Local Churches Provide Shelter for Homeless Men - WBOC-TV 16, Delmarvas News Leader, FOX 21 -

Local Churches Provide Shelter for Homeless Men

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SALISBURY, Md. - For the next three months, homeless men in Wicomico County won't have to worry about going hungry or finding a warm place to sleep.

Local churches across the area are hosting The Community Emergency Shelter Project, where churches provide shelter for homeless adult males only.

The program started Friday at Wesley Temple in Salisbury. The church will host the homeless until Jan. 10. Cross Pointe Church of the Nazarene will open its doors the week after. The location of each shelter will change weekly.   

Eugene Cox, 59, came out to Wesley Temple's shelter Friday. He arrived early to claim a bed. The facility holds up to 30 people. Organizers accept the men on a first come, first serve basis. Cox has been out of a job and homeless for a year.

"It's really harsh out there. You've got the hot weather; you've got the cold weather. I'm just surviving, just taking one day at a time," Cox said. "I just thank God that I'm able to survive."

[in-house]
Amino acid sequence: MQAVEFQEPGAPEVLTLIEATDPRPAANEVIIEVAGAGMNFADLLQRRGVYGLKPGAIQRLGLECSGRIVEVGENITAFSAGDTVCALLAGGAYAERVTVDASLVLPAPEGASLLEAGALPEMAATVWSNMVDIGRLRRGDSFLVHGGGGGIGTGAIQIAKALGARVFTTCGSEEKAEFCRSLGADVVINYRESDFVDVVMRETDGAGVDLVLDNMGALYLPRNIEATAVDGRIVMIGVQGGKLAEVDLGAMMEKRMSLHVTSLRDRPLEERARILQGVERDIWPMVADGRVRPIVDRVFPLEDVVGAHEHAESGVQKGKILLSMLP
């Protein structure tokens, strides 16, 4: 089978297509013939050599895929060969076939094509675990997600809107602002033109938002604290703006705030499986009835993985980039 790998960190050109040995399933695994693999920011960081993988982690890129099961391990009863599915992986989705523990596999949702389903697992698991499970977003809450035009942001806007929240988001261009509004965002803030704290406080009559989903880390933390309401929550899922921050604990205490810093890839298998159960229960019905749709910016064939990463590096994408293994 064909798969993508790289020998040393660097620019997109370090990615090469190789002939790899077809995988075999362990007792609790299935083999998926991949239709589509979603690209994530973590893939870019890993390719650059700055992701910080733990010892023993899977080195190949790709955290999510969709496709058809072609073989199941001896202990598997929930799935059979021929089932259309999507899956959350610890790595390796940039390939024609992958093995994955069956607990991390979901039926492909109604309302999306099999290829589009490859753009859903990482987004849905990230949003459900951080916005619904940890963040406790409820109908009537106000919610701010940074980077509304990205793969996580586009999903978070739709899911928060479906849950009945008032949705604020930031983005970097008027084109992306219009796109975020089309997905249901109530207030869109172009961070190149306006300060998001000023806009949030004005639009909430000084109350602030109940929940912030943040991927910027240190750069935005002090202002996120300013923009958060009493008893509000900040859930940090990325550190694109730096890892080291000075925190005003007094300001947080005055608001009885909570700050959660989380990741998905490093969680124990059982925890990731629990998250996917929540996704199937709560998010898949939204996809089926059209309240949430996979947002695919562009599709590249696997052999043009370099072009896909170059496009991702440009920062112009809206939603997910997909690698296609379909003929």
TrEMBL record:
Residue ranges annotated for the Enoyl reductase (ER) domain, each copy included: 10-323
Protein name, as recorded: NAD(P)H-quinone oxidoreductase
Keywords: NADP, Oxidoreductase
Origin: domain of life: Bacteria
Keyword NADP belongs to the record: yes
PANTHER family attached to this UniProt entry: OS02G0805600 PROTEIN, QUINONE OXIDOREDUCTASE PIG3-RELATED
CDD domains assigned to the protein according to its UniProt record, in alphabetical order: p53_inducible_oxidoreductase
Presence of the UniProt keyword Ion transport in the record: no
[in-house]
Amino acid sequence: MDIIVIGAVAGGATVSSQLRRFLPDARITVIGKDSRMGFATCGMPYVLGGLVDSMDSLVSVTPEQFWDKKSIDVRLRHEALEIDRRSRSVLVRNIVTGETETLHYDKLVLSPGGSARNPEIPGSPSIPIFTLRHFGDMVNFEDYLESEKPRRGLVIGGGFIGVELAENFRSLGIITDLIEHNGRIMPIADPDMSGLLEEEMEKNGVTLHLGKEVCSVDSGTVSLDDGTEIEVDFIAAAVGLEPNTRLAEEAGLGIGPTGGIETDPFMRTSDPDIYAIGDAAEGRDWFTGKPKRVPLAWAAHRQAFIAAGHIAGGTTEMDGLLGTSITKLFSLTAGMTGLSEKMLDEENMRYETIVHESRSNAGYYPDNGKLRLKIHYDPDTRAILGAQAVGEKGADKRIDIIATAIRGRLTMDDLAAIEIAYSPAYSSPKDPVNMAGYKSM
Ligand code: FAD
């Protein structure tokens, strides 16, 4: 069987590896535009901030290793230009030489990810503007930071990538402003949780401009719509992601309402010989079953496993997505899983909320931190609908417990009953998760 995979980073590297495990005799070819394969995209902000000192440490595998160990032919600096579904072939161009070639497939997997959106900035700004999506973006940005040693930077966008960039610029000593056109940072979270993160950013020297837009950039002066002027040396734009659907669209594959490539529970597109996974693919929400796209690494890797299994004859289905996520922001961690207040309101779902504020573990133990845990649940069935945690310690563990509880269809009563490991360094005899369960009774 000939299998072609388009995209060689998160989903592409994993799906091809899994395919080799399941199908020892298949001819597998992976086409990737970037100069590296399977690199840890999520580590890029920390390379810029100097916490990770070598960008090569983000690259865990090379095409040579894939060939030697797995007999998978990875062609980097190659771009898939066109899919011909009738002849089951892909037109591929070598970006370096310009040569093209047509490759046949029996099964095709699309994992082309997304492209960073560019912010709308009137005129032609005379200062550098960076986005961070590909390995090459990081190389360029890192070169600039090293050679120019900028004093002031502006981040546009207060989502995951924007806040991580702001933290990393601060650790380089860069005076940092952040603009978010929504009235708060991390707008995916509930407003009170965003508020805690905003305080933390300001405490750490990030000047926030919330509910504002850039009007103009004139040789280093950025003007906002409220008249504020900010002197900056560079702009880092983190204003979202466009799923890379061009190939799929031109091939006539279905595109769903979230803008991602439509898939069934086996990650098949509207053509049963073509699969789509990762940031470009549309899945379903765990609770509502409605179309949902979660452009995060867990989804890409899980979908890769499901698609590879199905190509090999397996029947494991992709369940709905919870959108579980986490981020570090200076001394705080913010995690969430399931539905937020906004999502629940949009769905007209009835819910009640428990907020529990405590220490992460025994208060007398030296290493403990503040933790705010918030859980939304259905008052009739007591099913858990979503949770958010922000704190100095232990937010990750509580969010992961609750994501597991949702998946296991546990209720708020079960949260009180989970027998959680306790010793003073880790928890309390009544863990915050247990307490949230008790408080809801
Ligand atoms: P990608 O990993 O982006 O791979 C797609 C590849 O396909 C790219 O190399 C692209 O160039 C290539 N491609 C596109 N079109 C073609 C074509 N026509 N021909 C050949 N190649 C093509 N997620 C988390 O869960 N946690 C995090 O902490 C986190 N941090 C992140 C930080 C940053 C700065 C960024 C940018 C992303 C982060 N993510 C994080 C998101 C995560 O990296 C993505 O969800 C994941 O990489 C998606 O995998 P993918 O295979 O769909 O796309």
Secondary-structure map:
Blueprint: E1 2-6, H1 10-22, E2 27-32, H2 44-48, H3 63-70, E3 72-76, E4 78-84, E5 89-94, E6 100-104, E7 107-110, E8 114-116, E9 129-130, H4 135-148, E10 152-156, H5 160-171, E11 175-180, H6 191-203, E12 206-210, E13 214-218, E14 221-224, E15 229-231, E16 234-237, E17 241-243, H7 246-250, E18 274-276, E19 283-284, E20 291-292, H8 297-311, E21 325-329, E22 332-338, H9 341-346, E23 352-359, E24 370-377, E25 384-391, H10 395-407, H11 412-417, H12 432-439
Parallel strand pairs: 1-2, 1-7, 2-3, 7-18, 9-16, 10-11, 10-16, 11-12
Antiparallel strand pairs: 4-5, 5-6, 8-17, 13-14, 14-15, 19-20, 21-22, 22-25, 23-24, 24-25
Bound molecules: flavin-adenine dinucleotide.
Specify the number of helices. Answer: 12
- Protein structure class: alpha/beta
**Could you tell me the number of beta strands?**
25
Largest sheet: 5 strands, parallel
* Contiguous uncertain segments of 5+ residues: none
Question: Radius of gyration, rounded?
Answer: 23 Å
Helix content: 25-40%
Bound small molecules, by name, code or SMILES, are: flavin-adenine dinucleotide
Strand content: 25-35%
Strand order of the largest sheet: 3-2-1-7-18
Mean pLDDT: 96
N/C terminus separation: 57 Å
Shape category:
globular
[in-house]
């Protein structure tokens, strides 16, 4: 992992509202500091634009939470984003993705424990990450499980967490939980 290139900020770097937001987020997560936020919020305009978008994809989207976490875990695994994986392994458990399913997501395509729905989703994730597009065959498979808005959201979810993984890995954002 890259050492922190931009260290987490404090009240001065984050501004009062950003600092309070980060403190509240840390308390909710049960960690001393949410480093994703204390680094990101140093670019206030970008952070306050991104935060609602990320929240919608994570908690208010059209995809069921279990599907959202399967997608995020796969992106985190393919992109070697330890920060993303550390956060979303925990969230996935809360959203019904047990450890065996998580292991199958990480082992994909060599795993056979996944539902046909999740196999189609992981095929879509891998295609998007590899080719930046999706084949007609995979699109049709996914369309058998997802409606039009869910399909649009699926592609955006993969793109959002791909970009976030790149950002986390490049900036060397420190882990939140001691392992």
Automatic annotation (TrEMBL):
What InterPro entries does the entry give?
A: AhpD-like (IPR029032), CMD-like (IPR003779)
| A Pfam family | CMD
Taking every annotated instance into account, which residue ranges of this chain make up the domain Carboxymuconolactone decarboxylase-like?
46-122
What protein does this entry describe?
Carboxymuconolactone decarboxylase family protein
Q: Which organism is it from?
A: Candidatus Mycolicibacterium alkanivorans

Cox worked as a plumber before business slowed down, and he was laid off. He lived with his mother when it happened. She died last year. Cox said the bills became too much to handle.

"I just took it hard. I got family and everything but I try to deal with it without dealing with my family. It's so hard out there," Cox said.

Volunteers under 'The Community Emergency Shelter Project' said the program has been around for nearly a decade. More than a dozen churches participate each year. Wesley Temple has been involved in the effort for eight years. Coordinator Monica Vickers says the men look forward to it.

"There are no shelters that cater directly to men and many of the men are living in camps in the woods," Vickers said.  "When we are in operation from the first Saturday in January to the last Saturday in March, we get those men in here."

Church leaders transformed their previous sanctuary into a shelter. Thirty cots filled the space. Each man gets a hygiene kit when they arrive. The church bus picks them up from HALO in Salisbury. The men get breakfast, lunch and dinner.  

Cox is thankful for the help.

"If it weren't for these shelters, I don't know what I would do," Cox said.

The Community Emergency Shelter Project runs from Jan. 4 until March 28.

Click here for the schedule.

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